Release Date: February 27th, 2018
Developer: Milestone SRL
Platforms: PS4 (Reviewed), Xbox One, PC
Gravel sees Milan-based racing enthusiasts and developers Milestone SRL come back to the off road and showcase their expertise in a title that favors a more arcade approach to the off-road experience, having an almost Sega Rally Championship vibe fused with a bit of Dirt - two amazing series that I feel sometimes get overlooked on the topic of some of racing's best. Milestone SRL is certainly no stranger to racing titles either. These guys have done nothing but, in fact, giving us majority of the MotoGP and WRC series, with Ride being one of their more recent and popular games, though Ride never clicked with me as I found it boring and tedious, but this isn't about those games. This is about an awesome off-road experience that I wish games would do more often in a way that's inventive and fresh, instead of designing a map and putting a brown color palette smeared on top. Thankfully, Gravel has some of the best track designs I've seen in a long time that keep it consistently fun, but the overall presentation of the game keeps it from becoming a game you should undoubtedly pay attention to.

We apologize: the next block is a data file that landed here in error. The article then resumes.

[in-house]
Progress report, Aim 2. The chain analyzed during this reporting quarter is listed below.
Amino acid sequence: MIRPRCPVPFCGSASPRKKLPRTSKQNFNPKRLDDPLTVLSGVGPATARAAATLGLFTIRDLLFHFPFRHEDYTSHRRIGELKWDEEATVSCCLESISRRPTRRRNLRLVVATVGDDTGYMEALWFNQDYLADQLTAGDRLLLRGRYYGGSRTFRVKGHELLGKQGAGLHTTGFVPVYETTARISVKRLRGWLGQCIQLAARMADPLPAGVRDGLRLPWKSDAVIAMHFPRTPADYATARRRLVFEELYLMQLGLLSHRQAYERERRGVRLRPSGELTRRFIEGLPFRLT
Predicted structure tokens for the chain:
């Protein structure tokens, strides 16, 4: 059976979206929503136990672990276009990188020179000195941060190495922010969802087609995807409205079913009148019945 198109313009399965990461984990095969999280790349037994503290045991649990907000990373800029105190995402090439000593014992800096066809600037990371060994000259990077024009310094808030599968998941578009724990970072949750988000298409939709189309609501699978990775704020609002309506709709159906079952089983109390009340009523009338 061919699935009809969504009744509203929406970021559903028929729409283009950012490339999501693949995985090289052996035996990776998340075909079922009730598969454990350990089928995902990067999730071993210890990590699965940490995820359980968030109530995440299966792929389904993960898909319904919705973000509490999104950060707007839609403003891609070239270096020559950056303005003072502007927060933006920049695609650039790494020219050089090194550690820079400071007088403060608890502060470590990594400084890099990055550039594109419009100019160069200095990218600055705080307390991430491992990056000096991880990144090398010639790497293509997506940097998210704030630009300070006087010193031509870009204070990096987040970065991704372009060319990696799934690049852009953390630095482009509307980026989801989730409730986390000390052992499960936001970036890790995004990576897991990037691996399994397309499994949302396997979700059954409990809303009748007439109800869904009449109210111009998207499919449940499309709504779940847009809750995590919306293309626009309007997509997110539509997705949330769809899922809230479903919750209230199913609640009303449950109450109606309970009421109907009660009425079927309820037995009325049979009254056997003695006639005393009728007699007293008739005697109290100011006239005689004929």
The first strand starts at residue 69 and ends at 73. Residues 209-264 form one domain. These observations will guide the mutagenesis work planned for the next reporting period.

When you've played just about every arcade racer under the sun like I have, they tend to be pretty easy to pick up and understand. Not that racing games have ever been particularly convoluted when it comes to controls, but the way you go about utilizing brakes and acceleration (as well as nitrous and other mechanics if made available) can vary from game to game. Simulators are notorious for being harder than anything else to pick up; even if you have a license in real life and very well understand how a car works, it just feels a little odd playing something realistically with a controller instead of a wheel and pedal. You can get the hang of it, but the best experience for those types of games will always be with a wheel. Arcade racers on the other hand are perfect for controllers, but just as previously mentioned, they WILL vary. Wipeout feels very different from Blur, which feels different from Split/Second, which feels different from Burnout and Mario Kart. Gravel, however, tends to find that sweet spot in between arcade and simulator, which makes for a unique experience when playing, but once you better understand the physics and get used to the lack of traction thanks to most tracks being on, well, soil and sand (frequently wet or icy thanks to weather) instead of asphalt, things start to click a little more, but it'll take a few races to ease into it.